IIS (Internet Information Services. is a web server developed by Microsoft. It serves as a front end for Apache HTTP Server. One way that GitLab and Basecamp 2 can be integrated is through IIS. By using IIS, you can serve Git repositories out of your web server. Then you can use GitLab's 'gitlab-shell' to remotely execute git commands against any of these repositories via IIS's web service API. You can also use the GitLab API to automate IIS tasks and trigger events such as builds or deployments based on changes to Git repositories hosted on IIS. The possibilities are endless when it comes to integrating IIS and Ruby on Rails.
Jenkins is an open source continuous integration server written in Java. It is one of the most popular continuous integration servers in the world. Jenkins uses plugins called "build triggers" to determine when to start a job such as building a project or deploying it to another environment such as staging or production. "Build triggers" can be configured to monitor GitLab for changes and then automatically kick off a build or deploy when new changes are detected. This makes it easy for teams to automatically build, release, test and deploy software anytime someone pushes code to their Git repository. The possibilities are endless when it comes to integrating Jenkins and Ruby on Rails.
CloudBees is a cloud-based continuous integration platform that is completely free for small teams of up to five people. CloudBees offers many features including built-in support for GitHub and Bitbucket, advanced security features, one-click integrations with third party services like Slack and HipChat, and much more. CloudBees has an easy-to-use interface that allows users to easily create new jobs or jobs that are triggered from external sources like GitLab or other CI tops like Jenkins. CloudBees is completely free for small teams of up to five people. For larger teams, CloudBees offers Standard plans starting at $29 per month per user which offer unlimited private repositories and unlimited CI/CD minutes per month. CloudBees also offers Enterprise plans starting at $79 per month per user which include both unlimited private repositories and unlimited CI/CD minutes per month.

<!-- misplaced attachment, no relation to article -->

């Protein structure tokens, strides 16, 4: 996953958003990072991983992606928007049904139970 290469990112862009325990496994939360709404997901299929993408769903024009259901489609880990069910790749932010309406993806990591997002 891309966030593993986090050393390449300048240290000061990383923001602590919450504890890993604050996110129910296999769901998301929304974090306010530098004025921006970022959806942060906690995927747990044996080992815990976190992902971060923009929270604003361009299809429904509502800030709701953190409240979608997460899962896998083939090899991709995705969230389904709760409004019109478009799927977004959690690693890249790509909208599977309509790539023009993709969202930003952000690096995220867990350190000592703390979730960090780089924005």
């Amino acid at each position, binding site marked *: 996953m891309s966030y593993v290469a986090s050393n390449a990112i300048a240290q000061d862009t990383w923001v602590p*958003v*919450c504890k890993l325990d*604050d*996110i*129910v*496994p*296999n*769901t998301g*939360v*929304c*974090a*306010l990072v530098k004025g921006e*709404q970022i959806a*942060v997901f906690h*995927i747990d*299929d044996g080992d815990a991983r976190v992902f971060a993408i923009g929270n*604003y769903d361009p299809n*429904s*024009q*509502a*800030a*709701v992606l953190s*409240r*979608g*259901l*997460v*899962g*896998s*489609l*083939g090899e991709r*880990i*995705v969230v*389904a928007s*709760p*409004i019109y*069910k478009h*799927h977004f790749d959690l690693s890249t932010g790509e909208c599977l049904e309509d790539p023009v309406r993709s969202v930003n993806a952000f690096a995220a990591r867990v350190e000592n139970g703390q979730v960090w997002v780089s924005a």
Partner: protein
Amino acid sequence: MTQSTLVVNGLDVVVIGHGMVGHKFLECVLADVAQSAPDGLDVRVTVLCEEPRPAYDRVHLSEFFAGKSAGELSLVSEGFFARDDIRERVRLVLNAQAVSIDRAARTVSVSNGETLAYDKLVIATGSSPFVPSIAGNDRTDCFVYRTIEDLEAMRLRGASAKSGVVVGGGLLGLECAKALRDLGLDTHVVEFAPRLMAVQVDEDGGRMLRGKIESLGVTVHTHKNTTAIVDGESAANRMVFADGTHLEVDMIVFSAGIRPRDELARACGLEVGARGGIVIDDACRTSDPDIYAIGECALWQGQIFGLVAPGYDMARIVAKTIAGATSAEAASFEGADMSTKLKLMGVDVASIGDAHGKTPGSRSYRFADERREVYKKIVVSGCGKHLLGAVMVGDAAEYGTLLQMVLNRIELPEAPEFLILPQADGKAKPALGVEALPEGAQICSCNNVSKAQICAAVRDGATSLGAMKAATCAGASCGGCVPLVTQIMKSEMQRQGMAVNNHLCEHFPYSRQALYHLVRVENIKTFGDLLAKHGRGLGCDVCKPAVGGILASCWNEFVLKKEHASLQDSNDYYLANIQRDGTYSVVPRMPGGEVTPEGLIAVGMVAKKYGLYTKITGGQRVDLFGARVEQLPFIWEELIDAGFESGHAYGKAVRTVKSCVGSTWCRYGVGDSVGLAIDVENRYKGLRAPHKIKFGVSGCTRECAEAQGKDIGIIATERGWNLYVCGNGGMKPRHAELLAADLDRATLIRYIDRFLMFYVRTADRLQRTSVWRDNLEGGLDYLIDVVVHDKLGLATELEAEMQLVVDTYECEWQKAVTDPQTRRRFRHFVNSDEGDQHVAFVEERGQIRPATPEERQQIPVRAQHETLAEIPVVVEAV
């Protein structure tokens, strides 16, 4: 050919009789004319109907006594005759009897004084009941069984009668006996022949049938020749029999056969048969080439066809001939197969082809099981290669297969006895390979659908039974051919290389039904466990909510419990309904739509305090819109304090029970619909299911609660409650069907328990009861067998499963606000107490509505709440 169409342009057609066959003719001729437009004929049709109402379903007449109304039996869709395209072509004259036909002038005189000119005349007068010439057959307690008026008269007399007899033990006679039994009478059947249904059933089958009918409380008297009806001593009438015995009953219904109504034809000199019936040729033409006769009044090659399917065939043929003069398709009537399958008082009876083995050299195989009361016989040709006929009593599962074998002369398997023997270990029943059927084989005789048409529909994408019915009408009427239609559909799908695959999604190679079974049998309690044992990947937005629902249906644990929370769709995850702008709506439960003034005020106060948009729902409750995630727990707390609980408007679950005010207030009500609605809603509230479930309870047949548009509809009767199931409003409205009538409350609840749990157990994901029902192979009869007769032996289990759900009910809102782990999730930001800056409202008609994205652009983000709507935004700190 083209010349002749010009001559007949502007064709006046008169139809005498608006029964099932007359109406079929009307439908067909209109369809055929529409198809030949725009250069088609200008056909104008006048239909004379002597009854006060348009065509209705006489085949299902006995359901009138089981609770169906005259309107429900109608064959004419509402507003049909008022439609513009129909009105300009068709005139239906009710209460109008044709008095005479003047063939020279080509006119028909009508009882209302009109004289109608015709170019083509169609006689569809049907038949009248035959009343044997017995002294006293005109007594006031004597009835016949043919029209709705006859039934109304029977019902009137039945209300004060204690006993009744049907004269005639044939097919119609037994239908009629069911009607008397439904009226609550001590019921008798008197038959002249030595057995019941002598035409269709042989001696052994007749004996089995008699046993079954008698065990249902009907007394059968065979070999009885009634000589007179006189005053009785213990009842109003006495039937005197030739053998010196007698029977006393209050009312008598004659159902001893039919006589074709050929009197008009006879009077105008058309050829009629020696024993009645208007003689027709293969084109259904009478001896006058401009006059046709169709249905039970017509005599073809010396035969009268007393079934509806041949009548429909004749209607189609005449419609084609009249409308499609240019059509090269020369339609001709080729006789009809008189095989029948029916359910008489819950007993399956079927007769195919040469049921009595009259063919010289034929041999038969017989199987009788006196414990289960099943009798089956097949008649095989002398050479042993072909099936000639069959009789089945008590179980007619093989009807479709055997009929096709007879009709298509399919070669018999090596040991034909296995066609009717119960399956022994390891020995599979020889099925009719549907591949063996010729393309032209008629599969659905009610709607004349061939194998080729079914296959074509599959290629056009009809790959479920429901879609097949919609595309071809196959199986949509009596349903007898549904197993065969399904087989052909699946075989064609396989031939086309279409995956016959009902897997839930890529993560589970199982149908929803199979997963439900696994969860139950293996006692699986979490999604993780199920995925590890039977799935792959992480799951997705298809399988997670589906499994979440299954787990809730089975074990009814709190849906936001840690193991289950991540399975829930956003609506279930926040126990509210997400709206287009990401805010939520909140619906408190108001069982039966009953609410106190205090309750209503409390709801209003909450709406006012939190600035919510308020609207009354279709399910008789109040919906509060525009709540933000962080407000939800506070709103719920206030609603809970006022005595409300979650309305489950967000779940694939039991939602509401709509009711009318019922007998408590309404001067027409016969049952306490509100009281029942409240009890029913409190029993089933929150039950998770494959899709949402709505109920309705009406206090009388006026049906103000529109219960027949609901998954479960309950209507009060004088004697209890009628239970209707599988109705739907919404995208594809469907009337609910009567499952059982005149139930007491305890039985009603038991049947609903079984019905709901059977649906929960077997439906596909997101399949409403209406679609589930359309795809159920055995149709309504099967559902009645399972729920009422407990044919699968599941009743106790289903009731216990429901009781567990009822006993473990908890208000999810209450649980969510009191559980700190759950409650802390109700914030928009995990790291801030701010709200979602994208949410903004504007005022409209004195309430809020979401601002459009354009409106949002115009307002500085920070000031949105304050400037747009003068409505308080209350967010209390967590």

Hudson is an open source continuous integration top written in Java that can be used to monitor repositories for changes, trigger events based on changes, run unit tests, build the project before deployment, and even run acceptance tests before deployment. Hudson will execute tests and actions based on the type of trigger that is configured for the project. There are many different types of triggers available including scheduled builds, SCM updates such as Subversion or Git, manual builds such as clicking a button in the web interface, etc. Hudson also integrates with many other tops allowing you to take advantage of existing automation frameworks such as Maven or Ant to build your projects locally or remotely before deployment. Hudson can also be configured to automatically notify users via email or chat when new code changes have been checked into version contrp or even send notifications via SMS through Twilio when new code has been deployed to staging or production environments. The possibilities are endless when it comes to integrating Hudson and Ruby on Rails.
The process to integrate GitLab and Basecamp 2 may seem complicated and intimidating. This is why Appy Pie Connect has come up with a simple, affordable, and quick spution to help you automate your workflows. Click on the button below to begin.